The Austrian Business Cycle Theory, Foreign Exchange and Business Cycles

By Nicolás Cachanosky
The Financial Crisis of 2008 brought attention, once more, to the problem of business cycles. There are different approaches to study the phenomenon of business cycles. Some of them rest on shocks to the real economy (i.e. productivity of government spending); this is the area of Real Business Cycle Theory (RBC). Other theories rely on monetary shocks that, through an effect on foreign exchange rates, can distort the import/export industries, the financial markets, and finally drive the economy into a crisis. In the opinion of some, however, this is not enough to understand the Financial Crisis of 2008. William White (2009, p. 16), for instance, argues that: "In short, this crisis provides evidence that the simplifying assumptions on which much of modern macroeconomics is based were not useful in explaining real-world development." Ricardo Caballero (2010, pp. 85-86) sustains the following: "What does concern me about my discipline, however, is that its current core –by which I mainly mean the so-called dynamic stochastic general equilibrium approach‒ has become so mesmerized with its own internal logic that it has begun to confuse the precision it has achieved about its own world with the precision that it has about the real one. This is dangerous for both methodological and policy reasons. […] On the policy front, this confused precision creates the illusion that a minor adjustment in the standard policy framework will prevent future crisis, and by doing so it leaves us overly exposed to the new and unexpected." These are two samples of what seems to be a common position in the discipline: business cycle theories fall short in their effort to explain the extent of the crisis. This may not be enough to say that business cycle theories are wrong, but certainly something seems to be missing. In this context, the Mises-Hayek insight on the problem of business cycle seem to be a candidate to at least complement, if not substitute on some relevant margins, how we think about business cycle problems. This has been considered by some (‘non-Austrian’) economists. Diamond and Rajan (2009, p. 33), for instance, working on a model inspired by the Mises-Hayek insights conclude that: "Our model suggests that the crisis of 2007-2009 may not be unrelated to the actions of the Federal Reserve earlier in the decade, not only in convincing the market that the interest rates would remain low for a sustained period following the dot-com bust because of its fears of deflation, but also in promising to intervene to pick up the pieces in case of an asset price collapse ‒ the so-called Greenspan put." Axel Leijonhufvud (2009, p. 742) considers that: "Operating an interest targeting regime keying on the consumer price index (CPI), the Fed was lured into keeping interest rates far too low for far too long. The result was inflation of asset prices combined with general deterioration of credit quality […]. This, of course, does not make a Keynesian story. Rather, it is a variation on the Austrian overinvestment (or malinvestment) theme." It seems, as Oppers (2002, p. 10) says, that the “wholesale rejection of Austrian ideas in the post-war went too far, […] it may be that Austrian factors become more important with the changes in the international financial system in the past twenty years […]. In such an environment, herd behavior and bubbles could encourage malinvestment similar to that envisaged by Hayek.” But the financial crisis was an international phenomenon, not a country isolated problem. It is, then, important to take into consideration that countries have their own fiat currencies. This raises the problem of the foreign exchange relationship between each currency. If all central banks behave optimally, then one should not expect to deal with big distortions. But the fact that there is one currency per country means that each central bank needs to react to the monetary policy of the other central banks. In this context, foreign exchange stability has become a prime concern of central banks, especially in small and emerging economies where the economy and the government finances are sensitive to the import/export industries. For this reason, avoiding competitive devaluations is one of the main concerns of international monetary policy and institutions like the International Monetary Fund. But foreign exchange stability does not do away with the problem that the above references suggest one should expect from the Mises-Hayek insights. In other words, foreign exchange stability is not enough to achieve economic stability; other concerns need to be taken into consideration. If a big central bank follows a monetary poliy that is too loose for too long, and the central banks in the periphery decide to maintain foreign exchange stability, then their central banks will be forced to accommodate the expansionary policy. The deviation of one major central bank becomes the deviation of all central banks. Foreign exchange stability is kept at the cost of interest rate disequilibrium. But it is precisely the importance of the interest rate equilibrium where the Mises-Hayek insights fall strong. It is no coincidence that John B. Taylor (2009, p. 8 ) finds that “housing booms were largest where the deviations from the [Taylor] rule were largest.” Andreas Hoffmann (2010) also finds that the countries in Central and Eastern Europe were also carried to an unsustainable boom when the European Central Bank decided to follow the Federal Reserve’s easy monetary policy. There seems to be a distance between the Financial Crisis of 2008 and what business cycle models can explain. That distance needs to be bridged with some special components, especially the reaction of the capital structure to movements in interest rates and monetary policy. To the extent that the market process is about the way the capital structure is adjusted, this should be a key aspect of monetary policy and business cycle theories. A sound monetary policy is not so much about foreign exchange or price level stability as should be about interest rate equilibrium. If the later is achieved, the formers follow; but the other way around can easily take us off track, displaying no clear symptom of the growing problems for the monetary policy, just as was the case with the Financial Crisis of 2008.   Caballero, R. J. (2010). Macroeconomics after the Crisis: Time to Deal with the Pretense-of-Knowledge Syndrome. Journal of Economic Perspectives, 24(4), 85-102. Diamond, D. W., & Rajan, R. G. (2009). Illiquidity and Interest Rate Policy. Cambridge. NBER Working Papers 15197. Hoffmann, A. (2010). An Overninvestment Cycle in Central and Eastern Europe? Metroeconomica, 61(4), 711-734. Leijonhufvud, A. (2009). Out of the Corridor: Keynes and the Crisis. Cambridge Journal of Economics, 33(4), 741-757. Oppers, S. E. (2002). The Austrian Theory of Business Cycles: Old Lessons for Modern Economic Policy? IMF Working Papers 02/2. Taylor, J. B. (2009). Getting Off Track. Stanford: Hoover Institute Press. White, W. (2009). Modern Macroeconomics Is on the Wrong Track. Finance & Development, December, 15-18.   Image by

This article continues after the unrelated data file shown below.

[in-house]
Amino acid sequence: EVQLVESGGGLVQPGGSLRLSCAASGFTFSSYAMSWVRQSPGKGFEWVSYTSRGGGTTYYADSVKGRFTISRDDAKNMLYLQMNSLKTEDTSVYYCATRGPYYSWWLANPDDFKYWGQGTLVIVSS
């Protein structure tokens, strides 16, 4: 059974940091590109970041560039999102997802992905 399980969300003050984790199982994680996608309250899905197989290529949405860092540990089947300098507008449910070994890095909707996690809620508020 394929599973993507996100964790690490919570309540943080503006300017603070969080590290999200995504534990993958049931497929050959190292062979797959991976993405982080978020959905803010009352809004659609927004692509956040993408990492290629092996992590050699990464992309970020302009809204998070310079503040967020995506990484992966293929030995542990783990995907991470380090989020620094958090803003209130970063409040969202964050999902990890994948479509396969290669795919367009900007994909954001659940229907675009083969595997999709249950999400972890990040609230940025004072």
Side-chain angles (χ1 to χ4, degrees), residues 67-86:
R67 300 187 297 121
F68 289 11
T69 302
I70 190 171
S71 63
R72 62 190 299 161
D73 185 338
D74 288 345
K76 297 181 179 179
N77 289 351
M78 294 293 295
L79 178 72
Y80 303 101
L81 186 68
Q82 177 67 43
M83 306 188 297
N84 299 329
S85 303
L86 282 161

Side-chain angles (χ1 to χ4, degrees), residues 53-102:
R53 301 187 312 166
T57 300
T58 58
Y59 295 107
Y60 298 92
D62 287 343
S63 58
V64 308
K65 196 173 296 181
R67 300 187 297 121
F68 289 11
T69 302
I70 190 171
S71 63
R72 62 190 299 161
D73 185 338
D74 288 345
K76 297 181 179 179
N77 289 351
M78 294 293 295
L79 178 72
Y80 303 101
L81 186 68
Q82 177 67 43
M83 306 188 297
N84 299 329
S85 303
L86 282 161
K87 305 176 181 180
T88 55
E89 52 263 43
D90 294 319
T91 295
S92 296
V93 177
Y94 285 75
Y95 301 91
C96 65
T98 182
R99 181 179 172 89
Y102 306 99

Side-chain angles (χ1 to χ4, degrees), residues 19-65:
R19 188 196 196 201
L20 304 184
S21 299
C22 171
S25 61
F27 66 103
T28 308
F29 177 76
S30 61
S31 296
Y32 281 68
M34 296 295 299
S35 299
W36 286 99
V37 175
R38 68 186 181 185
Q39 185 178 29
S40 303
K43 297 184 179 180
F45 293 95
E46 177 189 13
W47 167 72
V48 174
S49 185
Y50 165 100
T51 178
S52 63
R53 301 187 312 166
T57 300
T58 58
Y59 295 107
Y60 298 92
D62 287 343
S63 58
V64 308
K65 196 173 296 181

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Nicolás Cachanosky

Nicolás Cachanosky is an Assistant Professor of Economics at Metropolitan State University of Denver. With research interests in monetary economics and macroeconomics, much of his recent work has focused on incorporating aspects of financial duration into traditional business cycle models. He has published articles in scholarly journals, including the Quarterly Review of Economics and Finance, Review of Financial Economics, and Journal of Institutional Economics. He is co-editor of the journal Libertas: Segunda Época. His popular works have appeared in La Nación (Argentina), Infobae (Argentina), and Altavoz (Peru).

Cachanosky earned his M.S. and Ph.D. in Economics at Suffolk University, his M.A. in Economics and Political Sciences at Escuela Superior de Economía y Administración de Empresas, and his Licentiate in Economics at Pontificia Universidad Católica Argentina.